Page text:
The bulk conduction band of Si has six equivalent valleys. Strain in Si/SiGe heterostructures partially lifts the sixfold valley degeneracy by raising the energy of the four inplane valleys. It is known that large electric fields can lift the degeneracy of the remaining two lowlying valleys. However, the measured valley splittings range from 10 – 300 μeV, suggesting that microscopic details such as interface roughness and disorder impact the valley splitting. In this lecture I will describe how microwave spectroscopy can be applied to probe valley states in silicon nanostructures [1]. In the first experiment, a cavity coupled Si double quantum dot is probed using microwave frequency photons. The transmission of the photons through the microwave cavity displays signatures that are consistent with the valley degree of freedom and the data can be modeled using cavity inputoutput theory [2]. We also use LandauZener interferometry to probe the lowlying energy level structure of a silicon double quantum dot. The observed LandauZener interference pattern persists down to low driving frequencies of 50 MHz, suggesting relatively longlived charge coherence. Lowlying valley states result in a unique LandauZener interference pattern that is in contrast with measurements on conventional twolevel charge qubits [3]. These new probes of valley states have high energy resolution and may be applied to other low energy degrees of freedom.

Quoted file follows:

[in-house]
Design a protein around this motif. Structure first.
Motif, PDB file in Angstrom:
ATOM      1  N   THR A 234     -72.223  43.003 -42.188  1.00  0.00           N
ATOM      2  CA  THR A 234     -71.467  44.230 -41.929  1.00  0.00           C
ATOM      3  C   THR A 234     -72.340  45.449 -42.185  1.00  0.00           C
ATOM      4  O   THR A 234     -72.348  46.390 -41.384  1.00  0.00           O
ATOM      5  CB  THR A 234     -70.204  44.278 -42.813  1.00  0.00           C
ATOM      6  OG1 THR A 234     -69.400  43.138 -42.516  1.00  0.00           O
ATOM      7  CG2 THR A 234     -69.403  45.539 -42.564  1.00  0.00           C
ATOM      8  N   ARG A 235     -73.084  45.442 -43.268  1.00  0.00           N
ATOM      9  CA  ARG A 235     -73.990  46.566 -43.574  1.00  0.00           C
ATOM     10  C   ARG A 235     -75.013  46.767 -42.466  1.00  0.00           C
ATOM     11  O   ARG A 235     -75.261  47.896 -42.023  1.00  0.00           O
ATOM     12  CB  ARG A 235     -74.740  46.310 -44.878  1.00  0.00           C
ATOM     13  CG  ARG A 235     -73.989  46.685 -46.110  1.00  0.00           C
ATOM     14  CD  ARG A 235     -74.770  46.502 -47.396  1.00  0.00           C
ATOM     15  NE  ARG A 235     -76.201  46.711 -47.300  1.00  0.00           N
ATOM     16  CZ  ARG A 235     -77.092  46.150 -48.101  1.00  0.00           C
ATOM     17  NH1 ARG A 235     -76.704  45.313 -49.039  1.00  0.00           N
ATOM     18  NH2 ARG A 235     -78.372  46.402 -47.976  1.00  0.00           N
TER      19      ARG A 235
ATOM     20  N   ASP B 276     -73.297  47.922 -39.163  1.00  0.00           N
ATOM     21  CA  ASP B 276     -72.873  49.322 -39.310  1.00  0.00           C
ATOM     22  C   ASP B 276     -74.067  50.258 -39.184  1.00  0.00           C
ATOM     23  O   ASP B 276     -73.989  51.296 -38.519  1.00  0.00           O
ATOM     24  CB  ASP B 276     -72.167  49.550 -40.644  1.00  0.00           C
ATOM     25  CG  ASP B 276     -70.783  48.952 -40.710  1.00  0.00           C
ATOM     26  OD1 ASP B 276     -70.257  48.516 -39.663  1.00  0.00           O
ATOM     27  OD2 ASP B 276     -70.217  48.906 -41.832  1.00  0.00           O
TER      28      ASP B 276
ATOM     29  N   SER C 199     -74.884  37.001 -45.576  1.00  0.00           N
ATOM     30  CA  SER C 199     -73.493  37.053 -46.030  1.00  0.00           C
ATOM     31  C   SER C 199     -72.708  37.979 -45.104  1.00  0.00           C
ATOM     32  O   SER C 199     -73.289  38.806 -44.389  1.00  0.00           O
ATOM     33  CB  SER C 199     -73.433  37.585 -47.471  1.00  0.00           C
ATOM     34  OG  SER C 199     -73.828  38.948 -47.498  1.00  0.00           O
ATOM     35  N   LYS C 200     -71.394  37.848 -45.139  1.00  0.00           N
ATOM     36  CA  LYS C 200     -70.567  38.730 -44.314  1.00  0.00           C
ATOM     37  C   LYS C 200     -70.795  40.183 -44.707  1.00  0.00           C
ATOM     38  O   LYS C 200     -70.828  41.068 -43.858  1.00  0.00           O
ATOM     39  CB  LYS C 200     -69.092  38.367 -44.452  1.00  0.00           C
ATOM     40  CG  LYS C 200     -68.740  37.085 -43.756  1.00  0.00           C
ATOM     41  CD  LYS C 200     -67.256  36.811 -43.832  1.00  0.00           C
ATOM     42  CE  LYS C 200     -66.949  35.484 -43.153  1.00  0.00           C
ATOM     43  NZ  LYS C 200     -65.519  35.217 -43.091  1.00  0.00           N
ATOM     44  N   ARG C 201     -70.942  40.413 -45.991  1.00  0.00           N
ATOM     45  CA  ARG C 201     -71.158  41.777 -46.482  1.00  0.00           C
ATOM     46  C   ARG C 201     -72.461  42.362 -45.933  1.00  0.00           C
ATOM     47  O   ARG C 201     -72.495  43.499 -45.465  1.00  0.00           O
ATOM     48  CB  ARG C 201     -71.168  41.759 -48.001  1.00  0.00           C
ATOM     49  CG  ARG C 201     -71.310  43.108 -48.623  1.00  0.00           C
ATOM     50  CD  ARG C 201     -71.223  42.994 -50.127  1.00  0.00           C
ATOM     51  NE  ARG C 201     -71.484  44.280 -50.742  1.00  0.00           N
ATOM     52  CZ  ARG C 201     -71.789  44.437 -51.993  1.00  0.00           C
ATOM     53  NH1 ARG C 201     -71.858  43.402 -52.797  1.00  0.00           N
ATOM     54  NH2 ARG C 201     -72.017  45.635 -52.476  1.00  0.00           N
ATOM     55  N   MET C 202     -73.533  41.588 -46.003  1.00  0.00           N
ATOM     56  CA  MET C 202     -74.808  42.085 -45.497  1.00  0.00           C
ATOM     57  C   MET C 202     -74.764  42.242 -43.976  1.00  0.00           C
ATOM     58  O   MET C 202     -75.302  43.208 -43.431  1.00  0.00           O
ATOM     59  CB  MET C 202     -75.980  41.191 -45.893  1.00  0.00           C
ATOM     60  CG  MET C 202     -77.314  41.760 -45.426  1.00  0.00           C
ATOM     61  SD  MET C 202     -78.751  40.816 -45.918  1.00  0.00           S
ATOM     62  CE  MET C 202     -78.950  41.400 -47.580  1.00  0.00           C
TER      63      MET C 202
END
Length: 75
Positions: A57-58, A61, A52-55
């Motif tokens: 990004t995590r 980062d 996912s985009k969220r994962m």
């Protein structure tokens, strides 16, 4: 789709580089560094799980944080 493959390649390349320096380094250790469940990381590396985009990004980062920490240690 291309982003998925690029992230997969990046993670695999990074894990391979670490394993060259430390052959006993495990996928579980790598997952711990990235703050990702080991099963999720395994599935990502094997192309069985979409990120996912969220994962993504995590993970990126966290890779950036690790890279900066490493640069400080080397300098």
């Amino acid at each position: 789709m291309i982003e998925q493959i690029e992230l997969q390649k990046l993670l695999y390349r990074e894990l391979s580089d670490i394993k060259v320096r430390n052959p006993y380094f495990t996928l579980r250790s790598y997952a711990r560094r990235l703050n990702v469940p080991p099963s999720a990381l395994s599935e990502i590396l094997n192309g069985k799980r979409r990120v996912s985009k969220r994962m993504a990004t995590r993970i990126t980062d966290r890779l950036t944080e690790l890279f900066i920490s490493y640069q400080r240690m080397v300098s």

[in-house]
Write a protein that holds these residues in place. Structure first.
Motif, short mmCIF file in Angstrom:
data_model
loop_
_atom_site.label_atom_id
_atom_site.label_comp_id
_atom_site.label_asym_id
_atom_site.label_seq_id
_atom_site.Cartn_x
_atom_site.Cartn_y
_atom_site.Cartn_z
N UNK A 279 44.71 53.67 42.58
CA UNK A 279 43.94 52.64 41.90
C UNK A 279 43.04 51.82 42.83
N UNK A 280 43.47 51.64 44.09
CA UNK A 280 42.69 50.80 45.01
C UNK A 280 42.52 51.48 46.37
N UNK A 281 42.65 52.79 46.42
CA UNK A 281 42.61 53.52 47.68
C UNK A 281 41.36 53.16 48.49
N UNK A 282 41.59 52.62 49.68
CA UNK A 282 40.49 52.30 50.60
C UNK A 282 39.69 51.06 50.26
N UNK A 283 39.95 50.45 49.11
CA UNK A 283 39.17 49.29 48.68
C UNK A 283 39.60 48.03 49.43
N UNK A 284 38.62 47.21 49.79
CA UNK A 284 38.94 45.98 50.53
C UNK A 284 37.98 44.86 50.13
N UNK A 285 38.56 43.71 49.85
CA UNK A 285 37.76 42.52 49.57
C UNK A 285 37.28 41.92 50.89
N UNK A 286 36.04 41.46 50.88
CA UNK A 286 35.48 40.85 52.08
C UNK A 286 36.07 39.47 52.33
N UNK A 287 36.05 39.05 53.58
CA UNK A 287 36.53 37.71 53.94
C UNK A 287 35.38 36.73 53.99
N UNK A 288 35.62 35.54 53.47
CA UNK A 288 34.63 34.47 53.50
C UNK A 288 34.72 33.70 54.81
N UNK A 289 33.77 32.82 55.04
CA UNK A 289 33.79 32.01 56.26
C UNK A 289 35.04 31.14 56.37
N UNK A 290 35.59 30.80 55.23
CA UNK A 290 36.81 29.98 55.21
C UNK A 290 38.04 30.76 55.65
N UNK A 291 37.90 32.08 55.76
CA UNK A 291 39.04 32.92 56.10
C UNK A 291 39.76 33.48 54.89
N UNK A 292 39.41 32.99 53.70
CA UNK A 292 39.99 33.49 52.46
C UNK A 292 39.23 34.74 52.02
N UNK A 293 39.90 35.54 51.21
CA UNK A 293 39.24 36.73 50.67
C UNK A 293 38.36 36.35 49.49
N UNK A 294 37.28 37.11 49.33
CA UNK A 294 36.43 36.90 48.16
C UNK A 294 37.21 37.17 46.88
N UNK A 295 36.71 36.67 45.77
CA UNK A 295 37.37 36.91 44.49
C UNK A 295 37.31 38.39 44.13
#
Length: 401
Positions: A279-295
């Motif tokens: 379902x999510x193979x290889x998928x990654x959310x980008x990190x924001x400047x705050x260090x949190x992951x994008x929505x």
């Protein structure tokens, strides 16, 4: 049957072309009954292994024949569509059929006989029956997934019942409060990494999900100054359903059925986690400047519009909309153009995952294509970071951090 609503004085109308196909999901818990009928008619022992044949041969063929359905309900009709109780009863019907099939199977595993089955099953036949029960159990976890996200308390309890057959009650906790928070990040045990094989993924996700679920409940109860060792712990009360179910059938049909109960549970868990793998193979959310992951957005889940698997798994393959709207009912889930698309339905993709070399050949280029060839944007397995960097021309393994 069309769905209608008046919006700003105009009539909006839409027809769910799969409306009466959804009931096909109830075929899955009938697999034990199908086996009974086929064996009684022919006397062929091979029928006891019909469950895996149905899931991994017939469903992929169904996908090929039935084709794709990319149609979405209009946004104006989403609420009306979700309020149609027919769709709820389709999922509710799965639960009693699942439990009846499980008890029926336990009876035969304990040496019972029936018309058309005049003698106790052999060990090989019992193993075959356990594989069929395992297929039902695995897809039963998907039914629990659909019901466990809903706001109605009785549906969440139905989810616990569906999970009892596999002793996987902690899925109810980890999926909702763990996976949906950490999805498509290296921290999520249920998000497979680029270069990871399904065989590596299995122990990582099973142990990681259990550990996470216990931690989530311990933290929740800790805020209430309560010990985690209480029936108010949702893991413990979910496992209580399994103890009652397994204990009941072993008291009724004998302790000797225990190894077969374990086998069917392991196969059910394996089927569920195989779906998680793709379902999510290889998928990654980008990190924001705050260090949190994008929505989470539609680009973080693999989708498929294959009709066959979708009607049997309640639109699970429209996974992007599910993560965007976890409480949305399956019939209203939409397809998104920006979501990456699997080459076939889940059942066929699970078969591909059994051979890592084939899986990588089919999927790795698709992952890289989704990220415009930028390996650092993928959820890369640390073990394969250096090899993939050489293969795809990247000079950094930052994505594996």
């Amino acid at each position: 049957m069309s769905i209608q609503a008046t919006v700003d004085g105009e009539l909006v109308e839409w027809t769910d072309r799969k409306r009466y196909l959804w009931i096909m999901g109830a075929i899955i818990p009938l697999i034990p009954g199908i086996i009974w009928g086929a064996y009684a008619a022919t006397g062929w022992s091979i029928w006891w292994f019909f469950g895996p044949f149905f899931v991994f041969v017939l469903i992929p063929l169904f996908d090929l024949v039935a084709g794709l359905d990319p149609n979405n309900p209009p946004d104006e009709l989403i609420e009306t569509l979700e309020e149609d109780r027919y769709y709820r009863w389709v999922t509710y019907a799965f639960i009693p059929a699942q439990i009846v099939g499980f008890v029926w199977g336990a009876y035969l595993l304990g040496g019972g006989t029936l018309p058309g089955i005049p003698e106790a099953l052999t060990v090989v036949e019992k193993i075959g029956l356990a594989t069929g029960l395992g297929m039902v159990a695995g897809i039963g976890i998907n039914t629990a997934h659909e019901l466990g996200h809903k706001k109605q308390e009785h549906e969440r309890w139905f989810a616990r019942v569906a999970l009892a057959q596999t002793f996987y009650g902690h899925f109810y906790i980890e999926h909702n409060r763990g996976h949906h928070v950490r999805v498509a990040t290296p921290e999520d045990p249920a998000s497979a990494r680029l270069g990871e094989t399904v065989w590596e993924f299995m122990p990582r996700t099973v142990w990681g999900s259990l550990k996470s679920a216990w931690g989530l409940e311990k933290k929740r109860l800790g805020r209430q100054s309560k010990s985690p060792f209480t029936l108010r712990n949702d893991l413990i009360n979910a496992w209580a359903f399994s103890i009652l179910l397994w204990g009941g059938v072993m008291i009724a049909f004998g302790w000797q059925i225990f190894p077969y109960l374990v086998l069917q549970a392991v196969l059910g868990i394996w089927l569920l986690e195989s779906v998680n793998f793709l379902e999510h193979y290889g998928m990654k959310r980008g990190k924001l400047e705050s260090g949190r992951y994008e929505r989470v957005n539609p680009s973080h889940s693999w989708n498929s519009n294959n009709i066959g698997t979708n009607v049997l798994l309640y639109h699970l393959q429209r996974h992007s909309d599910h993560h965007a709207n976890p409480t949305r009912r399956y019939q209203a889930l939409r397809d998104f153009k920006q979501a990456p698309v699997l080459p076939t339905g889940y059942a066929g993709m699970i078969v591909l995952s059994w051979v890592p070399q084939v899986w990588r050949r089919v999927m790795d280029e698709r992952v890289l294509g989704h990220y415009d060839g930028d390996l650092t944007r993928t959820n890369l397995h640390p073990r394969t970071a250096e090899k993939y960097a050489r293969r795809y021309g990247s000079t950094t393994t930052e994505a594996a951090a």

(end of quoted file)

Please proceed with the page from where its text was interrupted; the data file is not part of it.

1. Burkard and Petta, PRB 94, 195305 (2016).
2. Mi, Peterfalvi, Burkard, and Petta, PRL 119, 176803 (2017).
3. Mi, Kohler, and Petta, PRB 98, 161404(R) (2018).